CHARLOTTE, N.C., (May 10, 2000) - Tony Stewart, driver of the ...
CHARLOTTE, N.C., (May 10, 2000) - Tony Stewart, driver of the #20 Home Depot Pontiac in the NASCAR Winston Cup Series, has a lot on his plate.
First and foremost are his driving duties behind the wheel of The Home Depot Pontiac for Joe Gibbs Racing. Coming in a close second however, is a host of other commitments, each with its own set of responsibilities.
As a Winston Cup driver, Stewart is also a corporate pitchman. Public appearances, autograph sessions and speaking engagements are all part of the job description to being a Winston Cup driver. Stewart handles each and every one of them with aplomb, whether they're for The Home Depot, or for the bounty of other sponsors that adorn his race car and firesuit.
But Stewart also has plenty of extra-curricular activities that keep him equally busy. He is part-owner of an Indy Racing League team called Tri-Star Motorsports, he is in the process of forming a World of Outlaws team for driver Danny Lasoski, he has a dirt late model that he races whenever his schedule permits, he occasionally takes local race track promoters up on their offer to race at their speedway, and, oh yes, he owns a team of Greyhounds that race throughout the state of Florida.
While still young and spry at the age of 28, how in the world does Stewart keep his busy house in order? Well, he gets a lot of help from a very trusted individual - his mom, also known as Pam Boas.
Your mom raised you, and now she's working for you. How does that work?
"So far, it works really well. Instead of ordering me around like she used to when I was little, now I get to order her around (laughing). She does a really good job for me. A lot of people warn you about having family work in your business, but it's probably the best thing I've ever done as far as my business is concerned. I've even got my sister helping me. It's given me the ability to focus on my racing with Home Depot, and not worry so much about what's going on with my business."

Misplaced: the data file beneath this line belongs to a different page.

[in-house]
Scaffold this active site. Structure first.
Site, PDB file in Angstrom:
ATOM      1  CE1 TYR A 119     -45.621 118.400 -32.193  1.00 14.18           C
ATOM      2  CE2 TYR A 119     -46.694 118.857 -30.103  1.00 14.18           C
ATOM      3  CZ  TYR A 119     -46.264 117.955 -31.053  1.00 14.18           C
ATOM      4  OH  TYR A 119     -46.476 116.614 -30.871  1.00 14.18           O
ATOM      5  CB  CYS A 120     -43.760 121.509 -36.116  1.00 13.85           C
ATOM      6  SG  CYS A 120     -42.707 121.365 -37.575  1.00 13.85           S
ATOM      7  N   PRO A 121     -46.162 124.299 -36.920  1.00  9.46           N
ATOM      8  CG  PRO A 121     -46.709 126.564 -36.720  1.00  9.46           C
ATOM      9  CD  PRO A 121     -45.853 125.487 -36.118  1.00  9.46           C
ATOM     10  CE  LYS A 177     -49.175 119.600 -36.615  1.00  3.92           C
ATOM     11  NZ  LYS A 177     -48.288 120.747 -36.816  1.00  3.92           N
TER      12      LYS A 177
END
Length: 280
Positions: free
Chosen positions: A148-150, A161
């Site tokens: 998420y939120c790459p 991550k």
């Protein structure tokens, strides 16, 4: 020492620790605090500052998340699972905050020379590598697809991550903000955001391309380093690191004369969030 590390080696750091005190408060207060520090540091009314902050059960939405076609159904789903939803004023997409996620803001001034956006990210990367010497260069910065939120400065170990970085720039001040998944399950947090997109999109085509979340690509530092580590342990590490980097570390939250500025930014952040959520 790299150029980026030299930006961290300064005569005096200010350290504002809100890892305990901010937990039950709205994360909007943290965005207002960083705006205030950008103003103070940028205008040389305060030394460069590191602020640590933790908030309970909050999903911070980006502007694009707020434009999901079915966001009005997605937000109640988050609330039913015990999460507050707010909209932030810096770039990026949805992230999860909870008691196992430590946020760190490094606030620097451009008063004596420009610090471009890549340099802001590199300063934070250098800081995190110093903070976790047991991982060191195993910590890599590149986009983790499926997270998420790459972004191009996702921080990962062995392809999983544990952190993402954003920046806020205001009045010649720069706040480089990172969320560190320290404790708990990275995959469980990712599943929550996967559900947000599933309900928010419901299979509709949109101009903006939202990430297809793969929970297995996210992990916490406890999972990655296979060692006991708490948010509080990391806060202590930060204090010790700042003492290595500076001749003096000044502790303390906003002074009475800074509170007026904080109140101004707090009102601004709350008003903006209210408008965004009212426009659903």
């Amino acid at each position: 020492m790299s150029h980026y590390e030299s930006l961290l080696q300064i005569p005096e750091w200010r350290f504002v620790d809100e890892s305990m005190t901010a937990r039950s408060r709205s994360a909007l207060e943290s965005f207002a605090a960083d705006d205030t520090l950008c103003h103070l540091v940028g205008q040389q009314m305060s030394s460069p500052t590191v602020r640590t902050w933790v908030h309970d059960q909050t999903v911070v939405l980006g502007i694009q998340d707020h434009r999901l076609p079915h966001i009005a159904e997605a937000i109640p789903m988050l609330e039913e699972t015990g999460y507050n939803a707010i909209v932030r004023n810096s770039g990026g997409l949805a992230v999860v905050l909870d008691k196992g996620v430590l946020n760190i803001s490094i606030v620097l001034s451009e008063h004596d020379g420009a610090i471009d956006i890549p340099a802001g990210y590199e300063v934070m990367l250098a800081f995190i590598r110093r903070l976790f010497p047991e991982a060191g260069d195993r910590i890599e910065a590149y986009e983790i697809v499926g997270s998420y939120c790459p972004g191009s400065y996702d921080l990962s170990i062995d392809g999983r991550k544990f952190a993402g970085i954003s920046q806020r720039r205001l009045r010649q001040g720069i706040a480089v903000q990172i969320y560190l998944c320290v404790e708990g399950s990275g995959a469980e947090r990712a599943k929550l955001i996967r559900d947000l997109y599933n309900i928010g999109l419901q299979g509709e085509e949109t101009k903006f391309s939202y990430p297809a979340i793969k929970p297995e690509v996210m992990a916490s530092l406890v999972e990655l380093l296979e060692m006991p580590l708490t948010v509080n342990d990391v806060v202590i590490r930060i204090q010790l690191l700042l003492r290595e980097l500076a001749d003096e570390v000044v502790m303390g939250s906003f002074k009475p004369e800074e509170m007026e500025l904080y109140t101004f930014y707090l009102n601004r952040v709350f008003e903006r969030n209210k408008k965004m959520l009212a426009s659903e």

What does your mom do for you?
"She basically runs the whole office. She does the merchandising, handles my personal sponsorships, pays the bills, makes sure I get to and from where I need to be - just all the business that I conduct, she oversees all of it."
What kind of support has your mom given you throughout your racing career?
"My whole family supported me, basically. Mom was a little more reserved and a little more quiet about it than my father was. My father was kind of the ring leader. He was the one who made all the decisions on what we did and didn't do. While she was a little bit reserved, she was, and still is, one of my biggest supporters."
How would you describe your mom?
"She's a pretty patient woman. Anyone that could actually raise me and not want to kill me or kick me out of the house, has got to be a very patient person. That's my mom. She's a very patient lady with a great heart and she's really good with people."
What's the biggest trait that you feel you received from your mom?
"I don't think I got any of them. I think my sister got all of them. I think most of my traits came from my dad. I got the short end of the stick on that one."